Opting to chase a recurrent, bombastic dream of holding a rock concert in the jungle, Spector betrays his former AUDINT colleagues, and yet illicitly keeps them updated on his experiments by posting back extracts from his ‘sonic assault’ research. The tape contains material recorded between 1966-68 on high fidelity recording equipment, that at the time, was only available to the US military. Side A, features his low frequency experiments on animals carried out around the Mekong Delta. Side B, features excerpts from the ‘Wandering Soul’ tapes and recordings of their deployment into the jungle canopy from helicopter-mounted loudspeakers often referred to as ‘Curdlers’ or ‘People Repellers’.
These ‘Wandering Soul’ or ‘Ghost’ tapes were composed of montages of local music and folklore, tapping into Buddhist belief systems regarding the afterlife, cries and wails emanating from the souls of dead comrades who had failed to find the peace of a proper burial, spliced with Western music and sound effects. In practice, the deployment of these tapes rather than inducing surrender, proved provocative for the Vietcong, drawing unfriendly fire. The death cards in the boxset are copies of the designs that Spector would come up with for troops on and under the ground. Given that the ‘Wandering Soul’ recordings also penetrated the earth itself, with reports that VC hiding out in the labyrinthine underground tunnels could still hear it, the cards became the visual aspect of the US military’s cultural warfare, which was literally the sound and vision of hell on earth"
Special xmas edition of offcuts from Claude Speeed’s Infinity Ultra album
“Speeed says "I see this mainly as an alternative take on how the album could've turned out, one of the many paths it might’ve gone down. But it also serves as a neat ending, closing off that period by releasing the other material that's been kicking about my mind and harddrives for the last 5 years."
The material on ‘Other Infinities’ reaches into the darker corners of the world portrayed in ‘Infinity Ultra’, the uncanny valleys of the near future. Obliterated rave sits alongside twisted computer-generated prog rock; cathartic noise is pitted against submersed piano and dreamy, night-time synthscapes. New age meditation and lonely autumnal sadness compete with the intense drumming of a neo-tokyo cult.”
Nick Edwards fudges out a crusty new batch of Ekoplekz misshapes for Planet Mu with Cassettera, standing firm against the grain of trend to keep curiously picking away at a micro-modular mesh of lo-fi boxes and machines in his own style, shaped as a special xmas addendum to his Bioprodukt album.
“The beats are still to the fore, even incorporating elements of techno and house, but the mood is darker, with a heavier emphasis on noise and drone textures resulting in a more uneasy listen. This greyscale outlook is reflected in the monochrome variation on Bioprodukt's sleeve art. 'Bass 2 Dank' and 'Jacktrak' apply solid kicks and grooves for moody dancefloors, whilst 'Formative' and 'The Imperitive' combine convoluted percussion and cloying sub-bass with eerie atmospherics. 'Tactile' and 'Nitrate Abuse' offer minimal user-unfriendly experimental textures and the set ends with the extended grinding dread of 'The Outlook Is Bleak’.”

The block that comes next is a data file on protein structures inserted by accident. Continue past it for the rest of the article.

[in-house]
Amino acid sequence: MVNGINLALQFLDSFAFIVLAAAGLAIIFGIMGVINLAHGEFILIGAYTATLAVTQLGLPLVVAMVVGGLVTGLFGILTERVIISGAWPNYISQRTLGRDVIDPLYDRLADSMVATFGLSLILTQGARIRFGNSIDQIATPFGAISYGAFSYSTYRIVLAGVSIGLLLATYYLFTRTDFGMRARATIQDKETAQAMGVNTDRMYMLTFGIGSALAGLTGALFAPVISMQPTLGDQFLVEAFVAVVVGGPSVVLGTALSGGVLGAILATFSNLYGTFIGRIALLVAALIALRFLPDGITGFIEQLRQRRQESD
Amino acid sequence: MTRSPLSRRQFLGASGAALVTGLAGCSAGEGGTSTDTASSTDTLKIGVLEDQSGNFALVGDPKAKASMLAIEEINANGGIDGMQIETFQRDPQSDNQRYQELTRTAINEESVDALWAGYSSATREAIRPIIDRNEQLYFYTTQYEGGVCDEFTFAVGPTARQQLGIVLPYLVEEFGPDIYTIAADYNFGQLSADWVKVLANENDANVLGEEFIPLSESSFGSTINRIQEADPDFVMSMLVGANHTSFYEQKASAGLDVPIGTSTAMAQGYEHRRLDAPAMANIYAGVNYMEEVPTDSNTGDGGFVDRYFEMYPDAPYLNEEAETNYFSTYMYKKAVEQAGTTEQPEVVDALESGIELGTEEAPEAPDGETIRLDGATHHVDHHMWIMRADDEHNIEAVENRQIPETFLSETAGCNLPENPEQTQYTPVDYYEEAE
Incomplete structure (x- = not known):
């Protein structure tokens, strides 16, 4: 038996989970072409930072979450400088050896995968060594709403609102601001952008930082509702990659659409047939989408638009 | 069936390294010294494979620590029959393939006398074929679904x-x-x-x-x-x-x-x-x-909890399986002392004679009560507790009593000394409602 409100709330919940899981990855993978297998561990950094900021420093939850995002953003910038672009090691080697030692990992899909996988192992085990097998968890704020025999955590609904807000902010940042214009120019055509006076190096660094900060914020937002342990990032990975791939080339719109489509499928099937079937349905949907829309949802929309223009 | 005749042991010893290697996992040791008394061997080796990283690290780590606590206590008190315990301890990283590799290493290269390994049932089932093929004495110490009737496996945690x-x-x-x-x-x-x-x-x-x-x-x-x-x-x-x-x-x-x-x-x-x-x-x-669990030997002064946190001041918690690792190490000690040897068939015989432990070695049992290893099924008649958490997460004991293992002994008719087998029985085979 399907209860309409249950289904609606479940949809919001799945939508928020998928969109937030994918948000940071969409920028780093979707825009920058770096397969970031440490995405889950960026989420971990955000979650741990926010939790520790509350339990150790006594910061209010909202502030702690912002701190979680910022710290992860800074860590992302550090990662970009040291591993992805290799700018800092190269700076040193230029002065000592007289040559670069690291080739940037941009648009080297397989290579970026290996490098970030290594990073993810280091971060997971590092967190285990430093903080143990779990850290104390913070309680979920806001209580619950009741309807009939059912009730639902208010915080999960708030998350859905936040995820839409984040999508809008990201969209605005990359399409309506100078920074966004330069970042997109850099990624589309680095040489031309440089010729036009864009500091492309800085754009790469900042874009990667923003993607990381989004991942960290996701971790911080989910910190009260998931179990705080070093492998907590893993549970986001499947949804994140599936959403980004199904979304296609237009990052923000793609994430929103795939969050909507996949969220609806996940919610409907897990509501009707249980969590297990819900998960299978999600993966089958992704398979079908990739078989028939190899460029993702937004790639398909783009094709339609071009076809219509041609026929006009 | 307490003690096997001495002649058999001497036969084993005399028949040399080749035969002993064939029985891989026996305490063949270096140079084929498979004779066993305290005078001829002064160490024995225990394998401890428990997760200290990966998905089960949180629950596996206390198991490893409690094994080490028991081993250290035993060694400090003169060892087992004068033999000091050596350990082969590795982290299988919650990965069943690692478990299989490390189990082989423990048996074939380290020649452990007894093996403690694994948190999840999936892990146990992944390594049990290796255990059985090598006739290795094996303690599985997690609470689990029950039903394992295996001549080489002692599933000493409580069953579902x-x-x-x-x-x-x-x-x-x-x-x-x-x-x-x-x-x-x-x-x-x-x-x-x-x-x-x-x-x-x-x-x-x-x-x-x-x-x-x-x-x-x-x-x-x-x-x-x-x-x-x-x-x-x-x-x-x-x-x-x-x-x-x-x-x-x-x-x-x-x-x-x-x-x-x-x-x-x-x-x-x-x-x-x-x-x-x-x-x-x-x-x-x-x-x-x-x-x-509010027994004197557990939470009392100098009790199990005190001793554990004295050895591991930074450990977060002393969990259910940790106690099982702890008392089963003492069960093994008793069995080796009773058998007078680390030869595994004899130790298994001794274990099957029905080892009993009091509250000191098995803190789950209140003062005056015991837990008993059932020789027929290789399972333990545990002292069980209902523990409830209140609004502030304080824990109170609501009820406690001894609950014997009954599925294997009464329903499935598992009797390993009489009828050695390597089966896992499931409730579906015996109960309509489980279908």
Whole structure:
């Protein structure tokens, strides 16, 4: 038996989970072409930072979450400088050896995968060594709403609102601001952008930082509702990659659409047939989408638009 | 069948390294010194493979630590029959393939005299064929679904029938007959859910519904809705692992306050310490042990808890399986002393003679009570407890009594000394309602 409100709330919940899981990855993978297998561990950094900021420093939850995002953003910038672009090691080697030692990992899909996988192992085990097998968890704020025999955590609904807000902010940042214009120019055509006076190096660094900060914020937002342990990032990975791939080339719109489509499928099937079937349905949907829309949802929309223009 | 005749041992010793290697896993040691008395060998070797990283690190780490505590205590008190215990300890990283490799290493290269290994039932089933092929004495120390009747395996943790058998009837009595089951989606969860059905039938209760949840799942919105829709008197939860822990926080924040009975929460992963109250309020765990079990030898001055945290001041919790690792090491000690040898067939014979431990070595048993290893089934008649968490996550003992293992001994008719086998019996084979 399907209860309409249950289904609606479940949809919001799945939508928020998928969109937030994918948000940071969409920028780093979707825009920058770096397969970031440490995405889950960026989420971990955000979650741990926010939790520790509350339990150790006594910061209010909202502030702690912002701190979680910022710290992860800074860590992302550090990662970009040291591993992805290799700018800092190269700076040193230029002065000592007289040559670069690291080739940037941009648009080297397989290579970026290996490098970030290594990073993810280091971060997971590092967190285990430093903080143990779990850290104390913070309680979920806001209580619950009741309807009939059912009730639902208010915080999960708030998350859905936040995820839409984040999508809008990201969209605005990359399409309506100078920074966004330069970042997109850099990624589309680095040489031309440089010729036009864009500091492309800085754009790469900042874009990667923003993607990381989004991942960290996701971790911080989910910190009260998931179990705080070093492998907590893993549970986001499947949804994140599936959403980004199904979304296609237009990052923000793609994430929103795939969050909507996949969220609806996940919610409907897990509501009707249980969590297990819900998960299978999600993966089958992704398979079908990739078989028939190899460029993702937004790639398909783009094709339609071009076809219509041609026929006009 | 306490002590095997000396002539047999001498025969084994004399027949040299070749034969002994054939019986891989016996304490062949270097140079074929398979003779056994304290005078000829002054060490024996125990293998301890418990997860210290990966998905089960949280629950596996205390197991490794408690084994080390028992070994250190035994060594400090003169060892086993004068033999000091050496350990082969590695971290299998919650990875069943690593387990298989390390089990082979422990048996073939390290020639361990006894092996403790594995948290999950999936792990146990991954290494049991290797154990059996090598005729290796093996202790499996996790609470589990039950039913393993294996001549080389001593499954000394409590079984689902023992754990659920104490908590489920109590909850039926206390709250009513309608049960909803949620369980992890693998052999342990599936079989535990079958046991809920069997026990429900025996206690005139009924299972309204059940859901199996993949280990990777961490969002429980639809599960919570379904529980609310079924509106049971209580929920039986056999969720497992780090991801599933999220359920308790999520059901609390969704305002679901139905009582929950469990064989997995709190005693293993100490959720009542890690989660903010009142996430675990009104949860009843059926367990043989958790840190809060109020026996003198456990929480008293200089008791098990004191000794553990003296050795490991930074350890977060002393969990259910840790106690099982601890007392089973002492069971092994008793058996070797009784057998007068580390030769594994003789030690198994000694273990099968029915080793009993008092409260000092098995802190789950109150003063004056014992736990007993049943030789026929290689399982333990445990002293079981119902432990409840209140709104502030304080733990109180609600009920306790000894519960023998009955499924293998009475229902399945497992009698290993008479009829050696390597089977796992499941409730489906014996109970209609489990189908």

London’s Nokuit impresses a viscous drone distillation of broken Britain, melding dense, keening electronics with TV, Radio and YouTube samples to give a choking/absorbing, abstract/hyperrealistic and largely unsentimental perspective on blighty from the inside, looking in - conveying a sense of entrapment, paralysed by forces beyond control. Crushingly strong and kinda unmissable for heavier heads, especially fans of Stephen O’Malley, Dave Phillips, Lawrence English.
“NKT presents 'Patterns of Instability', a work of freeform experimental electronic music that moves through dense noise textures, visceral sound design and time-stopping ambient suites. Unfolding over 45 minutes, the new Nokuit album is an absorbing soundtrack probing the pervasive bewilderment of society. It’s a relentless journey where blurred melodies and abrasive soundscapes unsettle our most buried dissatisfactions and inner rebellions.
Swirling drones become a sonic lens which drifts and roams through the currents and threads within the contemporary landscape. Mingling amongst the town square demonstration, flipped upside down through the cameras into the news media rooms and editing suites, dragged up into helicopters looking down into streets and homes, then bounced across the globe by satellites floating in the atmosphere. Spam bots and malware, encryption data, analysis of YouTube uploads and text messages. Rather than focusing in on any specific geographical event, ‘Patterns of Instability’ takes a widescreen approach to our contemporary age of discontent and digs deep into timeless feelings of frustration.
Expanding the peculiar set of expressive tools built over precursor works ‘Analysis Paralysis’ and ‘Reality Disappears After Waking’, here Nokuit’s music reaches its most defined and highly evolved form yet. This is an observation on how we deal with and perceive our reality - whether or not we are in control of it - and our level of acceptance of the constant brainwashing that affects our lives. Each time Nokuit’s music faces the struggle from different angles and in ‘Patterns of Instability’ it zooms in on collective, political and individual battlefields.”
After crossing paths with Kate Carr’s preternaturally sensitive field work on Helen Scarsdale Agency, the sound artist now presents the engrossing 2015 travelogue from a wind turbine to vultures (and back) on her Flaming Pines label.
Recorded during a residency at Joya arte ecologia in Velez Blanco, a mountainous region in S.E. Spain, Carr’s latest offers an intimately close reading of the landscape describing daily journeys trekking up muddy paths with little accompaniment other than distant bird calls, the beating of vultures wings, and inclement, wintry weather conditions, with a steeply immersive and unexpectedly evocative outcome.